UK signs Julian Assange's US extradition papers


UK signs Julian Assanges US extradition papers

UK Home Secretary Sajid Javid said he signed the papers to extradite the 47-year-old Australian.


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Published: Thu 13 Jun 2019, 1:46 PM

Last updated: Thu 13 Jun 2019, 7:35 PM

 The United Kingdom has signed an extradition request for WikiLeaks founder Julian Assange, who is facing charges in the United States under the Espionage Act and conspiring to hack into a classified government computer. 
CNN quoted UK Home Secretary, Sajid Javid, as saying that he signed the papers on Wednesday, a day after the US Justice Department formally asked Britain to extradite the 47-year-old whistleblower. The UK Home Office said in a statement, "Mr Assange was arrested in relation to a provisional extradition request from the United States of America. He is accused of offences including computer misuse and the unauthorised disclosure of national defence information." 
"We have received the full extradition request, which has been certified by the Home Secretary. 
"This case is now before the courts and it would be inappropriate to comment further."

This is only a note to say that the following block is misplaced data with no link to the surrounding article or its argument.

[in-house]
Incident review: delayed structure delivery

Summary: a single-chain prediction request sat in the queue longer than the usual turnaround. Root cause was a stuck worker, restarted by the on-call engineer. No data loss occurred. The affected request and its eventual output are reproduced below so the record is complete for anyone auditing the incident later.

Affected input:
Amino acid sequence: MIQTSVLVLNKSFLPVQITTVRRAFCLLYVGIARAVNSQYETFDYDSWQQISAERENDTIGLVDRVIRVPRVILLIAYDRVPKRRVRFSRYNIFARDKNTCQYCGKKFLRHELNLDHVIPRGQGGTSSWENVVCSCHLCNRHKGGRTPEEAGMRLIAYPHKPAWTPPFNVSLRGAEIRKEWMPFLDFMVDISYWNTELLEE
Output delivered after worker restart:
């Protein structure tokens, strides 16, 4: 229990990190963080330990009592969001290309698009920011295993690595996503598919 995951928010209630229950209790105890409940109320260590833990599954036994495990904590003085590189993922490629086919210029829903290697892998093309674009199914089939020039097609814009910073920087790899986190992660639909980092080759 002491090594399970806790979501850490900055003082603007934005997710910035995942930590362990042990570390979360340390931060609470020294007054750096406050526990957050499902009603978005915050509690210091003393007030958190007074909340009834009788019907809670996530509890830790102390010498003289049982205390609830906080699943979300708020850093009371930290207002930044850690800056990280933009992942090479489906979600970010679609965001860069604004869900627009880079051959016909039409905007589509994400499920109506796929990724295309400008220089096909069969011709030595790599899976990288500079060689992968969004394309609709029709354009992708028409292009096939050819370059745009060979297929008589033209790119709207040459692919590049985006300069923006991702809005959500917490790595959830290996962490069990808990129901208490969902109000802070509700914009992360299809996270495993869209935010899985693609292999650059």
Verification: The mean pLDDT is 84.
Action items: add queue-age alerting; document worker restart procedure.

The US will detail all charges against Assange on Friday when it seeks his extradition in a London court. 
US prosecutors initially charged Assange with a single count of computer intrusion, but last month added 17 new counts, including controversial charges under the Espionage Act for encouraging, receiving and publishing national defence information in concert with former Army intelligence analyst Chelsea Manning. 
It should be noted that according to a US-UK treaty, the extradition request must be made within 60 days of an arrest. Assange was arrested on April 11 at the Ecuadoran Embassy in London. The treaty further bars the US from prosecuting Assange for any other crime beyond those outlined in the extradition request. 
Assange is currently serving 50 weeks imprisonment sentence in UK's Belmarsh prison for skipping bail to avoid being sent to Sweden over sexual assault allegations. The Australian whistleblower has denied the allegations against him, asserting that they were politically motivated. 

The US is seeking his extradition on charges of violating the Espionage Act and conspiring to hack into a classified government computer. The charges, if proved, carry a maximum penalty of five years. 

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